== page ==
R.I. prepares for Hurricane Lee 

THIS SATELLITE image provided by the National Oceanic and Atmospheric Administration shows Hurricane Lee in the Atlantic Ocean. Lee looks poised to wallop New England this weekend even as the region deals with the impact of days of wild weather that produced torrential rain, flooding, sinkholes and tornadoes. / NOAA VIA THE ASSOCIATED PRESS

PROVIDENCE – Rhode Island is now preparing for Hurricane Lee, just days after a tornado moved through the state. 

Although the Category 1 hurricane is not expected to hit Rhode Island directly, rain, strong winds and heavy surf are expected across the Ocean State.  

A tropical storm warning was in place from Maine to Massachusetts, including Cape Cod and the islands, and part of Maine was under the first hurricane watch in 15 years as the storm packing powerful gusts and 20-foot ocean swells approached. Forecasters said there would be tropical storm-force winds – 40 mph or greater – across an area spanning more than 400 miles ahead of landfall Saturday afternoon. 

“We’ve mobilized all of state government to ensure Rhode Island is prepared for the potential impacts of Hurricane Lee and additional severe weather over the next few days. We are monitoring the situation closely and we are prepared,” said Gov. Daniel J. McKee. “We ask Rhode Islanders to stay tuned to your local news and our government social media channels for the latest updates.” 

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Rhode Island Energy said it will have 2,000 personnel ready, including overhead line, forestry, contractors, underground, damage assessment, wires-down, transmission, substation, municipal liaisons, and call center staff. Crews will be staged across the state and ready to respond once the storm arrives in the area late Friday. The R.I. Department of Transportation said it has crews ready to deal with fallen limbs or trees blocking roads and has additional vendor tree crews standing by to assist. 

President Joe Biden granted a disaster declaration requested by Maine Gov. Janet Mills to ensure access to federal resources and personnel, officials said Friday. Mills already declared a state of emergency for the state. 

While landfall was projected for nearby Nova Scotia, the storm is big enough to cause concerns over a wide area. Parts of coastal Maine could see waves up to 15 feet high crashing down, causing erosion and damage, and the powerful gusts will cause power outages in a state where the ground is already saturated from heavy rain, said Louise Fode, a National Weather Service meteorologist in Maine. Up to 4 inches of rain was forecast for eastern Maine. 

In Canada, residents were warned about the risk of power outages and flooding a year after the remnants of Hurricane Fiona washed houses into the ocean, knocked out power to most of two provinces and swept a woman into the sea. 

Canadian Prime Minister Justin Trudeau was convening the incident response group, which meets only to discuss events with major implications for Canada. Consisting of Cabinet ministers and senior officials, it was previously convened for events, including the start of the COVID-19 pandemic in 2020 and the record wildfire season this year. 

In New England, the Coast Guard and emergency management agencies also warned residents to be prepared, and utility companies brought in reinforcements to deal with any power outages. At Boothbay Harbor Marina in Maine, the community came together to remove boats from the water to keep them out of harm’s way.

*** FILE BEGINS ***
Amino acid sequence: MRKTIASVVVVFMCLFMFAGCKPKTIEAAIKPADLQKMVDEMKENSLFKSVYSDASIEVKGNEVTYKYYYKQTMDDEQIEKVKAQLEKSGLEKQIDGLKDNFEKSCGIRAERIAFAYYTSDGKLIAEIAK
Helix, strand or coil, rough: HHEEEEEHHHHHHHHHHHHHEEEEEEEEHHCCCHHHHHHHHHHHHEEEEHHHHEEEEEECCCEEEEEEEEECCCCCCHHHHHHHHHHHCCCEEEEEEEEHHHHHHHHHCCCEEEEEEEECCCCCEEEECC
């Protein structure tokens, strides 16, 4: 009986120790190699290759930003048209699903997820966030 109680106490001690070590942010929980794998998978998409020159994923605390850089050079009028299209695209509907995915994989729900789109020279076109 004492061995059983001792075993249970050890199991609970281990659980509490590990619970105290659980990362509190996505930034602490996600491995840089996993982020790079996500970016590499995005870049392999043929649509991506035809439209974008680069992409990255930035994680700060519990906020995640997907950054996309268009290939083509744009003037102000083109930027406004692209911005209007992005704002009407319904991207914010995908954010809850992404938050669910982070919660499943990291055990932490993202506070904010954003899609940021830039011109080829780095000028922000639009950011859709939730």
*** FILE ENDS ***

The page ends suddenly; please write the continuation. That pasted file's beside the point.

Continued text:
“It’s a batten-down-the-hatches kind of day,” owner Kim Gillies said Thursday. 

Similar scenes played out elsewhere, including at Kennebunkport Marina, where crews planned to take 100 boats out of the water, said Cathy Norton, marina manager. 

Commercial lobster fisherman Steve Train said fishermen have been sinking gear in deeper water to protect against storm damage. Fishing boats were also headed to the safety of harbors. 

Earlier in the week, the region saw 10 inches of rain over six hours. Tornado warnings were issued Sept. 13 in Massachusetts and Rhode Island, and more heavy rain created sinkholes and brought devastating flooding to several areas. 

The National Weather Service in Boston confirmed Thursday that damage to trees and power lines in Massachusetts, Rhode Island and Connecticut the day before was caused by four tornadoes. 

Dozens of trees snapped or were uprooted by a twister in the town of Glocester, R.I., and a structure used as a bus shelter was blown away, the weather service said. The three tornadoes in Connecticut and Rhode Island were categorized as EF-1, while the one in North Attleborough was an EF-0. 

Friday morning, Lee was spinning about 490 miles (785 kilometers) southeast of Nantucket, Mass., and moving away from Bermuda, with maximum sustained winds of 85 mph (140 kph), according to the National Hurricane Center. 

Maine’s eastern coast – known as the Down East region – and the coast of Nova Scotia and New Brunswick were expected to bear the brunt of the storm, which was traveling north on a path that could lead to landfall Saturday afternoon in Nova Scotia, possibly as a tropical storm. 

One thing is working in the region’s favor: The storm surge will not be accompanied by an astronomical high tide, helping to lower the risk for coastal areas, Fode said. 

New England has experienced its share of flooding this summer, including a storm that dumped up to two months of rain in two days in Vermont in July, resulting in two deaths. Scientists are finding that storms around the world are forming in a warmer atmosphere, making extreme rainfall more frequent. 

In Maine, the last time a hurricane watch was declared was in 2008, for Hurricane Kyle, but residents are accustomed to rough weather. Lee’s projected wind, rain and surf are akin to a powerful Nor’easter, and Mainers are familiar with those. 

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